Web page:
By Christopher D. Roy
University of Iowa

Angola, Democratic Republic of the Congo, and Zambia; Lunda peoples


Wood, brass, animal fur

H. 73.7 cm (29”)

University of Iowa Stanley Museum of Art, The Stanley Collection, X1986.225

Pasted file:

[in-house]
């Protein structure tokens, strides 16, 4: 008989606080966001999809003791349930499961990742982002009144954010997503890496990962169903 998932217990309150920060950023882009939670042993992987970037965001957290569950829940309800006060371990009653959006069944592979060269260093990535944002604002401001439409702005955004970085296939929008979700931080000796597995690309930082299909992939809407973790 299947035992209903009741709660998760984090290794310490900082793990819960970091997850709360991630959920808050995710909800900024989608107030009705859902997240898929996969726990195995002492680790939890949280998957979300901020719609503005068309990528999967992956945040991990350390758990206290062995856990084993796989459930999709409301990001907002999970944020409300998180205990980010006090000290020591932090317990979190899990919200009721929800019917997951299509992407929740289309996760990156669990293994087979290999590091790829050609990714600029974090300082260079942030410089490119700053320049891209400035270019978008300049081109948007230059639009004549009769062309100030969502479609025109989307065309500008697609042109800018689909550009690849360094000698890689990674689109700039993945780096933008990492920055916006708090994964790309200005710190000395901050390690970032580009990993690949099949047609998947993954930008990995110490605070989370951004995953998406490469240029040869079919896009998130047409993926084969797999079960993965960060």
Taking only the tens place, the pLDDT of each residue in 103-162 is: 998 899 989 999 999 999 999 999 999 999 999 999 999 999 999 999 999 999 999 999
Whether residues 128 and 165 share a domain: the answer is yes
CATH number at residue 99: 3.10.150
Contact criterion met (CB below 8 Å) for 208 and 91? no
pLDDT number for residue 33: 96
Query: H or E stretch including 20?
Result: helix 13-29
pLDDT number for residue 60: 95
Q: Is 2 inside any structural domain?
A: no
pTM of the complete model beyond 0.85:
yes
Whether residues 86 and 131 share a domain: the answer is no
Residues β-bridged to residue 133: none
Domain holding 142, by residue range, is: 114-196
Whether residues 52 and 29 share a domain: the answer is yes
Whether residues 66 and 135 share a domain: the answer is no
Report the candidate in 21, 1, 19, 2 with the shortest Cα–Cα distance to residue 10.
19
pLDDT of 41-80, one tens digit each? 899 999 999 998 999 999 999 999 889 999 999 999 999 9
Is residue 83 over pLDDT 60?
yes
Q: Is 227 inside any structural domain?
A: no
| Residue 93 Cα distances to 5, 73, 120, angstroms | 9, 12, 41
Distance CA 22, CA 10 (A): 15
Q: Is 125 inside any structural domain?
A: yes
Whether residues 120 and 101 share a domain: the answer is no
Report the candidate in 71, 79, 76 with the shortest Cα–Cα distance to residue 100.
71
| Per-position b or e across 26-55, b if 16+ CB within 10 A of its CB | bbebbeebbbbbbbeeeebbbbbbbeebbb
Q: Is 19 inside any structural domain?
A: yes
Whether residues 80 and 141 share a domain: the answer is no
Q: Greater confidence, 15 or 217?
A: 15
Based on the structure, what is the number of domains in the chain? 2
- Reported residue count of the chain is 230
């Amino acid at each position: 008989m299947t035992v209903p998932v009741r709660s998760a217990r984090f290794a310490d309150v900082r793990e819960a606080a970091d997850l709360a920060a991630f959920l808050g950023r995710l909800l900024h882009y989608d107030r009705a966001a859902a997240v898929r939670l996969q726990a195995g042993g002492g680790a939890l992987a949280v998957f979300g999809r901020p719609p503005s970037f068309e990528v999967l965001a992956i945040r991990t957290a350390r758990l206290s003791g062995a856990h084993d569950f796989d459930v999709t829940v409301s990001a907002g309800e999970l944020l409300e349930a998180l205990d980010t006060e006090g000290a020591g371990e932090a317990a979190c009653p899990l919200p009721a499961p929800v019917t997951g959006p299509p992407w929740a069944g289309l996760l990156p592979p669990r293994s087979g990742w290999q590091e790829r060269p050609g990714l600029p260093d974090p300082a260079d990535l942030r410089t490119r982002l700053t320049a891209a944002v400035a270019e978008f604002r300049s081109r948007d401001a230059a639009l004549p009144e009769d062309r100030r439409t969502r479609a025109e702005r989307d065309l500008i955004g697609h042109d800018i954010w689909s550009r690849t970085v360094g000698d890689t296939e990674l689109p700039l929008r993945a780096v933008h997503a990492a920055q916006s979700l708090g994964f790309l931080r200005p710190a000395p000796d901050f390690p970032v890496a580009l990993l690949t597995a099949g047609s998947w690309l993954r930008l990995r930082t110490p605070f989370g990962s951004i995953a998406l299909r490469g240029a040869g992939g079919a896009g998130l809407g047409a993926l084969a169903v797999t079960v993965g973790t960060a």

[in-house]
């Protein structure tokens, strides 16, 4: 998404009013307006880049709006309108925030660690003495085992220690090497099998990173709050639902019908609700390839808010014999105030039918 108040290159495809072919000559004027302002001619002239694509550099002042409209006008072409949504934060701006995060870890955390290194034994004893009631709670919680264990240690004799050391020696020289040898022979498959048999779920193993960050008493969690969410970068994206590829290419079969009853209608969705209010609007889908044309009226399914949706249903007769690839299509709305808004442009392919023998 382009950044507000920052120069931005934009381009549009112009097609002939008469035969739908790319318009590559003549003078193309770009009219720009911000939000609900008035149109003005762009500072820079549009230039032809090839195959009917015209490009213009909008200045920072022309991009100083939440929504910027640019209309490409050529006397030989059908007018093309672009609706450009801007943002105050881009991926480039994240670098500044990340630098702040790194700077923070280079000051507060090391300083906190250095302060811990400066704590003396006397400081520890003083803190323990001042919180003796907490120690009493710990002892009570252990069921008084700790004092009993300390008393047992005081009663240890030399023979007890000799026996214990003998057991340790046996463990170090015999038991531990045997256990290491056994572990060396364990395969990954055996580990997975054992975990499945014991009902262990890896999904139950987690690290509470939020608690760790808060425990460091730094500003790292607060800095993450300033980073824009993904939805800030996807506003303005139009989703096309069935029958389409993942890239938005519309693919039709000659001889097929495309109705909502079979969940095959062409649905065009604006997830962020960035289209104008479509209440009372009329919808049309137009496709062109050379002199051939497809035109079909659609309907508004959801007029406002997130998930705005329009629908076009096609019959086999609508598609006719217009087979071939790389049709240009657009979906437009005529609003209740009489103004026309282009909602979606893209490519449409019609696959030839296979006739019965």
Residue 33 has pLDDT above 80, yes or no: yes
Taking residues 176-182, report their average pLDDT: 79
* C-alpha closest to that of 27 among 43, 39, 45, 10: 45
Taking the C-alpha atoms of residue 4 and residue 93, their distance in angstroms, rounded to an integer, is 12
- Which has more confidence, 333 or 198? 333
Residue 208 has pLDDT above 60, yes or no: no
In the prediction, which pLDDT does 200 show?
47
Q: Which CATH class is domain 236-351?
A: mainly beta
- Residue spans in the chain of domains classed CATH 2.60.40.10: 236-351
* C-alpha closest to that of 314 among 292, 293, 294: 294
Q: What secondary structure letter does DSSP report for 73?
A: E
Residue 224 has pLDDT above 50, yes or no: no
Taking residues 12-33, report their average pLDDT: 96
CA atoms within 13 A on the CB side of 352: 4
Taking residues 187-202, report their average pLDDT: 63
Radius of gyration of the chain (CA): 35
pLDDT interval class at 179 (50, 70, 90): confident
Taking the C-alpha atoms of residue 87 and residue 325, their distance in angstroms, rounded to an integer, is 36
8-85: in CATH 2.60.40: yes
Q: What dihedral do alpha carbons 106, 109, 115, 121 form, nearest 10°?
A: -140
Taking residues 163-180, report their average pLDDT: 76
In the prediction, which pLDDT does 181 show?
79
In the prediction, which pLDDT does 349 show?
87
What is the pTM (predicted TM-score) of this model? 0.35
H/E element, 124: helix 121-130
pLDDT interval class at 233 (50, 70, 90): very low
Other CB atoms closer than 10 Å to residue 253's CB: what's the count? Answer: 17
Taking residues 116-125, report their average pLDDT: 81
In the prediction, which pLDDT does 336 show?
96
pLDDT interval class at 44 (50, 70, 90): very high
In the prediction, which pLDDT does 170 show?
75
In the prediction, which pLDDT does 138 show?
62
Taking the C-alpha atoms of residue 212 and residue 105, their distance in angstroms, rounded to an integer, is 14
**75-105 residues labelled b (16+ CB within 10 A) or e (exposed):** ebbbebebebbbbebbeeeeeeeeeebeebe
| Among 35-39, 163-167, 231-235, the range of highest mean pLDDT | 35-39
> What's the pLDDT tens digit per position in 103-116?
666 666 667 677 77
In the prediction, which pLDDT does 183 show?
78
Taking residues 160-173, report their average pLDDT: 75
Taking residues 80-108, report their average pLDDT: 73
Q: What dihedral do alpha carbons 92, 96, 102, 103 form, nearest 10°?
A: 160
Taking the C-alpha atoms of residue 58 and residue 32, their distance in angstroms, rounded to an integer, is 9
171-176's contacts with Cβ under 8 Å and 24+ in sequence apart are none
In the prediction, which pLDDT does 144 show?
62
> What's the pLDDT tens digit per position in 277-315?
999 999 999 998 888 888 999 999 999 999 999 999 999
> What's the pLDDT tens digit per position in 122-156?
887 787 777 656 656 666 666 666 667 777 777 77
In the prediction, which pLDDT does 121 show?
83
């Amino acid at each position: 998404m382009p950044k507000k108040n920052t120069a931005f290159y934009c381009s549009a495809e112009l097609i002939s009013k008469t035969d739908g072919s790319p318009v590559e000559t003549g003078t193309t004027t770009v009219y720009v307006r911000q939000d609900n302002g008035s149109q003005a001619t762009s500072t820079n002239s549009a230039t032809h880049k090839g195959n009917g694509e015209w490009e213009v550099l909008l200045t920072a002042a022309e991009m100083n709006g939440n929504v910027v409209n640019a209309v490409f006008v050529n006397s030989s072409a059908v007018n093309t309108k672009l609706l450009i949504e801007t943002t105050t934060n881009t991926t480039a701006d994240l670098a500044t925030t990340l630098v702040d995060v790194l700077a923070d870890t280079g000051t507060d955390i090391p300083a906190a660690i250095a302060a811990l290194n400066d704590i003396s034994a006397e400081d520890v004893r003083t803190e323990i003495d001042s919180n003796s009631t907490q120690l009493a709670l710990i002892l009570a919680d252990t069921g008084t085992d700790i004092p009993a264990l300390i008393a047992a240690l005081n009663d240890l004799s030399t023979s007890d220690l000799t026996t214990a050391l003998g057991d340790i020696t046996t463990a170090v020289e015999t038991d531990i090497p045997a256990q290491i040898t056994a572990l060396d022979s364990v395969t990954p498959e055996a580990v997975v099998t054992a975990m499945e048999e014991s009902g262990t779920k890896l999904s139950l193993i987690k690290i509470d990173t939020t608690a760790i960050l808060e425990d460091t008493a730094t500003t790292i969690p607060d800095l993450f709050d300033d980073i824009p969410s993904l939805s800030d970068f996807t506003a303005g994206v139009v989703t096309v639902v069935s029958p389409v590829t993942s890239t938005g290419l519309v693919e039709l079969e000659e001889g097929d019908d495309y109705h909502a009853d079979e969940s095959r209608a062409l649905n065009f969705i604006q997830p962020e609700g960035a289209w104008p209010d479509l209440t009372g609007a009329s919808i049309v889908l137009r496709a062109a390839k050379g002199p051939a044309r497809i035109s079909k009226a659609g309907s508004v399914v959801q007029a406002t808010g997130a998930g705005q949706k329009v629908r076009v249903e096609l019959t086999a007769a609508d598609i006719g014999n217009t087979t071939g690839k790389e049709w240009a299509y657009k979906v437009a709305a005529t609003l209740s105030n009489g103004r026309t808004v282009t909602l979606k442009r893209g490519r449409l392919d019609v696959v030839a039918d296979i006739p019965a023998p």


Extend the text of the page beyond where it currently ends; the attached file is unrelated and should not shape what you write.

Africans have been quick to adopt European symbols of status, including the chairs early European explorers brought with them to the continent. The Chokwe, Lwena, and Lunda peoples made elaborate reproductions of Portuguese chairs to reflect the power of their own political leaders. The majority of these spectacular objects imitate the seventeenth-century Portuguese, straight-backed chairs introduced from the Atlantic coast. Only a few, including this example, imitate “folding-chairs” known as chitwamo cha kwasa. The two front legs and the crossbars of this throne are decorated with the protective ancestral figures including male/female couples, a turtle, and monkeys.